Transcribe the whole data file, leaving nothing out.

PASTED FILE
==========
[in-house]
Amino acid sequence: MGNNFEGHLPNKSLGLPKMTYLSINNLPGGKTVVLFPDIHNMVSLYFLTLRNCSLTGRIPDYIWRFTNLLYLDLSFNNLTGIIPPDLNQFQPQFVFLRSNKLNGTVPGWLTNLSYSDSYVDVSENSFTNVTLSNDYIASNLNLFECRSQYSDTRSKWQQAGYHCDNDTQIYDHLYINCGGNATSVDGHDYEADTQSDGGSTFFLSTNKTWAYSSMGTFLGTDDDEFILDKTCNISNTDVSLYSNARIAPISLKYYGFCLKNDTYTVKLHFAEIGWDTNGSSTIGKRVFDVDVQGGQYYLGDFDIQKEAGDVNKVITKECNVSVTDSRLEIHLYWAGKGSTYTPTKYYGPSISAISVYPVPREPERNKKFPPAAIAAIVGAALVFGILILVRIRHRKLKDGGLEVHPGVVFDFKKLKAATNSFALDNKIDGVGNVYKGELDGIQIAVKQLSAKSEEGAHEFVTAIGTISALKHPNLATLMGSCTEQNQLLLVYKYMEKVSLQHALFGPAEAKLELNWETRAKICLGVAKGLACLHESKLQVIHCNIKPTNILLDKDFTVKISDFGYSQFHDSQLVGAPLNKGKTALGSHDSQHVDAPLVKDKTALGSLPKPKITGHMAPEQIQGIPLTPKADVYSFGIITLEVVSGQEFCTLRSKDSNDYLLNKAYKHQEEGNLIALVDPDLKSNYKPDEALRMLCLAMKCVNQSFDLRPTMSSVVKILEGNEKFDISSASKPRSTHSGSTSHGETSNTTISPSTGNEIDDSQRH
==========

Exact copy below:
[in-house]
Amino acid sequence: MGNNFEGHLPNKSLGLPKMTYLSINNLPGGKTVVLFPDIHNMVSLYFLTLRNCSLTGRIPDYIWRFTNLLYLDLSFNNLTGIIPPDLNQFQPQFVFLRSNKLNGTVPGWLTNLSYSDSYVDVSENSFTNVTLSNDYIASNLNLFECRSQYSDTRSKWQQAGYHCDNDTQIYDHLYINCGGNATSVDGHDYEADTQSDGGSTFFLSTNKTWAYSSMGTFLGTDDDEFILDKTCNISNTDVSLYSNARIAPISLKYYGFCLKNDTYTVKLHFAEIGWDTNGSSTIGKRVFDVDVQGGQYYLGDFDIQKEAGDVNKVITKECNVSVTDSRLEIHLYWAGKGSTYTPTKYYGPSISAISVYPVPREPERNKKFPPAAIAAIVGAALVFGILILVRIRHRKLKDGGLEVHPGVVFDFKKLKAATNSFALDNKIDGVGNVYKGELDGIQIAVKQLSAKSEEGAHEFVTAIGTISALKHPNLATLMGSCTEQNQLLLVYKYMEKVSLQHALFGPAEAKLELNWETRAKICLGVAKGLACLHESKLQVIHCNIKPTNILLDKDFTVKISDFGYSQFHDSQLVGAPLNKGKTALGSHDSQHVDAPLVKDKTALGSLPKPKITGHMAPEQIQGIPLTPKADVYSFGIITLEVVSGQEFCTLRSKDSNDYLLNKAYKHQEEGNLIALVDPDLKSNYKPDEALRMLCLAMKCVNQSFDLRPTMSSVVKILEGNEKFDISSASKPRSTHSGSTSHGETSNTTISPSTGNEIDDSQRH